John Layton
20-Dec-2005, 08:17
I bought my first 4X5 in 1972 - a Crown Graphic with 135 Optar. Nice lens, but I soon replaced it with a 135 Symmar, and used this combo for a couple of years. When I began building cameras in the early 80's - I purchased my second lens, a 210 Sironar-N, which to this day remains my favorite lens. The computation of this lens isn't as "distance specific" as are many from the latest generation, and so its truly versatile. I now use a 90, 120, and 305. Lately, I do miss something between the 120 and 210 focal lengths, and am looking for something in the 150 range.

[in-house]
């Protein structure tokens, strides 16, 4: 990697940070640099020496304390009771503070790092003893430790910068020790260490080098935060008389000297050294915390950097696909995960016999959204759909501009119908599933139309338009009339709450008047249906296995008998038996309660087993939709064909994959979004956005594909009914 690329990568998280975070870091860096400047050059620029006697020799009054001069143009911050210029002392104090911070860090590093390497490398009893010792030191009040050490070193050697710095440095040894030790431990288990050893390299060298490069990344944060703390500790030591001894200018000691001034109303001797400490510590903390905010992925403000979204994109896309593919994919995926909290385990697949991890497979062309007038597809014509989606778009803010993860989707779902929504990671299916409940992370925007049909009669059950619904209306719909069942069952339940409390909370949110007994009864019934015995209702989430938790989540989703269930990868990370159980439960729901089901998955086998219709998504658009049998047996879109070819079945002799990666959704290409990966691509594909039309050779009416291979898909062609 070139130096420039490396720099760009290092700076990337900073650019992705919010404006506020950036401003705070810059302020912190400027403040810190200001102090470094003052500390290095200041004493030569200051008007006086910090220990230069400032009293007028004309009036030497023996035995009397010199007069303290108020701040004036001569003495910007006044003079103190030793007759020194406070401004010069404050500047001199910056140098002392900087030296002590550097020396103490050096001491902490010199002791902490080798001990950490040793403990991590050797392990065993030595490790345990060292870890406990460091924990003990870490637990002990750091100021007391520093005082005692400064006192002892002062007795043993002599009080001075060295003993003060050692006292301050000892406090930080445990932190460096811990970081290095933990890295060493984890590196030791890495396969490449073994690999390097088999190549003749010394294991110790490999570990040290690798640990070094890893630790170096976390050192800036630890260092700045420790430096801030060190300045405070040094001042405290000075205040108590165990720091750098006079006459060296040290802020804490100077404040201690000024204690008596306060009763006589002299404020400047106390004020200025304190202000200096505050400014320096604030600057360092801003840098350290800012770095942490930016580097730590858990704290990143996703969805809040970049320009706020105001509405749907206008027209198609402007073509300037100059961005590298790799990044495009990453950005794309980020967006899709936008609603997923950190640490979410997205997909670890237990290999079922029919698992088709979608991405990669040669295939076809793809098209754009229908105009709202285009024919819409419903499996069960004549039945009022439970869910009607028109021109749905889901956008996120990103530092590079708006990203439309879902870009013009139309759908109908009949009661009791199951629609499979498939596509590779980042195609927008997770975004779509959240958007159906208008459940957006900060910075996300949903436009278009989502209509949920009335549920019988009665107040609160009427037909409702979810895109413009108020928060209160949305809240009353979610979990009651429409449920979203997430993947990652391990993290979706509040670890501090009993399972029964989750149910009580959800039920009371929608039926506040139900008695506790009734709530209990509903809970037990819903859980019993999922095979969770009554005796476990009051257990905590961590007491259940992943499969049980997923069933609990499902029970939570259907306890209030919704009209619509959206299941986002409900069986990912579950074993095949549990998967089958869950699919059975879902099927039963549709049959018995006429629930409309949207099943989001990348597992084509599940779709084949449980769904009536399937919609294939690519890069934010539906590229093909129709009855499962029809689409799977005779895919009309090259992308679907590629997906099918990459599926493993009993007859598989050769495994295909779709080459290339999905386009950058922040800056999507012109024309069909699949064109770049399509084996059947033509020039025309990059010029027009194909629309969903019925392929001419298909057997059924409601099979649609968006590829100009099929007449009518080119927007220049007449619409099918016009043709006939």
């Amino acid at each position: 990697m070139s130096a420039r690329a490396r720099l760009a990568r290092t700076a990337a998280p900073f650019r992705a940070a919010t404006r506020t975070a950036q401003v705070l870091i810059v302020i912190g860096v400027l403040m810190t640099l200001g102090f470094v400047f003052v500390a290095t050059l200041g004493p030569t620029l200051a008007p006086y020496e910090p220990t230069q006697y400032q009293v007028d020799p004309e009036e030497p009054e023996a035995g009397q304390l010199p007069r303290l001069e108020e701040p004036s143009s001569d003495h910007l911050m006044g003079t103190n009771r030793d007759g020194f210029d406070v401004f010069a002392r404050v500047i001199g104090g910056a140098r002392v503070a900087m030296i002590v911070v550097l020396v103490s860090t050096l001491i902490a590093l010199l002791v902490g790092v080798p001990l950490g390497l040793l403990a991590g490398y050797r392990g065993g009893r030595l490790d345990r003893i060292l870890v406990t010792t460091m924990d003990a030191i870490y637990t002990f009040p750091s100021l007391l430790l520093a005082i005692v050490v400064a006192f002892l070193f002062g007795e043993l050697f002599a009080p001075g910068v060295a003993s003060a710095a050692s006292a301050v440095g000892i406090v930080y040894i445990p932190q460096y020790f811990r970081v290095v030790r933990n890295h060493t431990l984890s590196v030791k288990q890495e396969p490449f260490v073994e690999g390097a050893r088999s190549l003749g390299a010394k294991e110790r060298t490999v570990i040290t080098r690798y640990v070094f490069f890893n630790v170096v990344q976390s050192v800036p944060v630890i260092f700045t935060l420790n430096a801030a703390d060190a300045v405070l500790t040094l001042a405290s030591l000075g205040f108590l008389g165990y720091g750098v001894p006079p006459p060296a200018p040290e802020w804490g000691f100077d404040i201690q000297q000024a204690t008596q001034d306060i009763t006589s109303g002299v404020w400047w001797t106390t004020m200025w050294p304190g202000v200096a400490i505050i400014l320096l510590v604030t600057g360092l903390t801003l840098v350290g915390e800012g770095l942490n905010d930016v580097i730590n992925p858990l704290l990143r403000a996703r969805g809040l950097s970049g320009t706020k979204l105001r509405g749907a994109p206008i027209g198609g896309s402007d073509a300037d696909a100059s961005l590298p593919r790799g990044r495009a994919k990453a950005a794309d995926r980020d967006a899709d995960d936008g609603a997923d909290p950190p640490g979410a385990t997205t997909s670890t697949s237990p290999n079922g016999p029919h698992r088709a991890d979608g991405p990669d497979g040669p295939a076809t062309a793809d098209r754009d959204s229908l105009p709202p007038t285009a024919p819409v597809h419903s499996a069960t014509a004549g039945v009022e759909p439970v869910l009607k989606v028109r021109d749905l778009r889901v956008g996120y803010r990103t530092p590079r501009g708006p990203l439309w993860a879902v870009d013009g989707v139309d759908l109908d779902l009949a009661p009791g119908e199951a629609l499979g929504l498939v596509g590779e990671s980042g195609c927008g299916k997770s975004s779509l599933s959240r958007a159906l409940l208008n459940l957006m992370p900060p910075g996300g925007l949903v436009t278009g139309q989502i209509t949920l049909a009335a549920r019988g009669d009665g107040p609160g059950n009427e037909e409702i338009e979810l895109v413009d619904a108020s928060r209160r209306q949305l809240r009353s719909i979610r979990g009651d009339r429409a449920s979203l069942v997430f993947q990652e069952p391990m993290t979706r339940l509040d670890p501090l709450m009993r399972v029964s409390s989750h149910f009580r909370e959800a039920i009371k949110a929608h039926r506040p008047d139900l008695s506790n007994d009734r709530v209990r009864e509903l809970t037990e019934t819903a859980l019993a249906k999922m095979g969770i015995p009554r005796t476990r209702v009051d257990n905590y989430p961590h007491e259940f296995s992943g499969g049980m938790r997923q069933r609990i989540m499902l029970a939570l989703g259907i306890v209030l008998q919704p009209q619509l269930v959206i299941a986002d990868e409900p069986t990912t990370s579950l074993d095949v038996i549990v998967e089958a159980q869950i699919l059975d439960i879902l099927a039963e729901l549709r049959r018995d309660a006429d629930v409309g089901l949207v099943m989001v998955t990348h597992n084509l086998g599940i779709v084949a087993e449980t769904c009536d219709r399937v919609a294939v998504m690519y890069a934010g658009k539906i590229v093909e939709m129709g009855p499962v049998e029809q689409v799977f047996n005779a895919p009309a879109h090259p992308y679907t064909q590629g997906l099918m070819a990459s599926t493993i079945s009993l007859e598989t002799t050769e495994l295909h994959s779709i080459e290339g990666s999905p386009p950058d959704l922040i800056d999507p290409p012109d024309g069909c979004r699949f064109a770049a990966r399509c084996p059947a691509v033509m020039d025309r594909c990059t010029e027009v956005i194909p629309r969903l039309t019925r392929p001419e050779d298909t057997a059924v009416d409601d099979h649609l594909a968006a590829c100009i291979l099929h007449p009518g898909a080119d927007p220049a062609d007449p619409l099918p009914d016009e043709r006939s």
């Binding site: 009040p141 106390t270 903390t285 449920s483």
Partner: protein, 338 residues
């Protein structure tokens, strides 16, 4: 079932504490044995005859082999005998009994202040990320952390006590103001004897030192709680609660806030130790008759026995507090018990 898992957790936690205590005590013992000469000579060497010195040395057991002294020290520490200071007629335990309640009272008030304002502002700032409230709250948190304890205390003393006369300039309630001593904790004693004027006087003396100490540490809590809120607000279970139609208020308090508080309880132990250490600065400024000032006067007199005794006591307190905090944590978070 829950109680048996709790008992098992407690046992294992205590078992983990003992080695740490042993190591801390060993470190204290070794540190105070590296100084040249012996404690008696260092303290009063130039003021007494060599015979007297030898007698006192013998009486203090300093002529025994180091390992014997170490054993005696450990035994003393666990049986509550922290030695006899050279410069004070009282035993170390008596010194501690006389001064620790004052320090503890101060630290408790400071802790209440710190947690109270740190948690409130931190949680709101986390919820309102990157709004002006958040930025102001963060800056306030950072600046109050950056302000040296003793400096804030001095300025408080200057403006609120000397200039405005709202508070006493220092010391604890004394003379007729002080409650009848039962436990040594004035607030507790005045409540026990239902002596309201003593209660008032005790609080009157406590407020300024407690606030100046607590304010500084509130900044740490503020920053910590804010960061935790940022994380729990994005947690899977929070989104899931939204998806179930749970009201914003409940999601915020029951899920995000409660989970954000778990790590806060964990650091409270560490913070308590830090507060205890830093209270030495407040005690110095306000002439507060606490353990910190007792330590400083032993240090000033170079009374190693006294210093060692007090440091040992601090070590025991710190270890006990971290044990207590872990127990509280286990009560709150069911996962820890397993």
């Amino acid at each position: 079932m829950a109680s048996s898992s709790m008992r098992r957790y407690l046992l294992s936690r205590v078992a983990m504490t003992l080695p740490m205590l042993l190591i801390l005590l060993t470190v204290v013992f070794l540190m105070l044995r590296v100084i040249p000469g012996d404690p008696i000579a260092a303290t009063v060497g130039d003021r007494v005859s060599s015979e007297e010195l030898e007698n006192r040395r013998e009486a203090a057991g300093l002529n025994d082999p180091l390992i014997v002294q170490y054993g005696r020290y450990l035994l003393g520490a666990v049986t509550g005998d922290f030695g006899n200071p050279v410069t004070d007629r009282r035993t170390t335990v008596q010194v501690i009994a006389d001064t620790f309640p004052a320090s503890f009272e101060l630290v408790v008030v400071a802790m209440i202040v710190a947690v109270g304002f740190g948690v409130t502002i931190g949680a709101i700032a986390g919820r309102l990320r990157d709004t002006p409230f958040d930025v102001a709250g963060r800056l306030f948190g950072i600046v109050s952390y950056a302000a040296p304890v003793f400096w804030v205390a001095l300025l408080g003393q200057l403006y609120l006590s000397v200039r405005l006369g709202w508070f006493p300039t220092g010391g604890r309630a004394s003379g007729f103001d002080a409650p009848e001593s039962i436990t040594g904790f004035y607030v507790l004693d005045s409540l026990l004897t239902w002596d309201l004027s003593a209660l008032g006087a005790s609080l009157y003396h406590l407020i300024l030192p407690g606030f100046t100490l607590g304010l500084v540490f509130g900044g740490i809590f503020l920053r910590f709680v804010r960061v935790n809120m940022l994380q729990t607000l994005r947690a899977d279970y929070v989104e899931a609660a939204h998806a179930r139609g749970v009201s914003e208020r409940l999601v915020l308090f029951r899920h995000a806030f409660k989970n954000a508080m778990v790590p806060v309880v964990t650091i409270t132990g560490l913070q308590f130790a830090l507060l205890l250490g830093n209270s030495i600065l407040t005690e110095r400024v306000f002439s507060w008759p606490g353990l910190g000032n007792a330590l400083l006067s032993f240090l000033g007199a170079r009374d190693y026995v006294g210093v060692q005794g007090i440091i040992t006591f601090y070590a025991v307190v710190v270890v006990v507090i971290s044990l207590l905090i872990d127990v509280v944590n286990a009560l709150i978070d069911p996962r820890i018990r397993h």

You didn't mention the make/model of your 4X5, but since you're new to LF, I'm going to stick my neck out and recommend that you consider a 210 as your first lens - for several reasons. One, the focussing dynamics of a 210, specifically f/5.6 lens are very straightforward and definitive. The slightly more compressed perspective and narrower depth at f/5.6, when compared to a 150, will make it easier for you to quickly arrive at your desired adjustments. The less oblique nature of light rays from this longer lens will make edge to edge focus easier, no matter what focus screen you use, with or without a fresnel, and the image field will present itself as more even and unified - keeping your attentions equally rapt over the entire image field. Furthermore, and again, this depends on the camera - the 210 might well be the most "comfortable" fit for the widest range of 4X5 cameras, in terms of what might be your average amount of bellows extension with this lens, and what this means in terms of realizing the maximum range of available camera dynamics in the least "stressful" manner possible - for yourself as well as for the camera in question. Then, once you become so hooked on LF that no amount of having to "fight" a compromised camera design will stop you, you can then feel free to investigate a second focal length, the choice of which by then will be clear to you.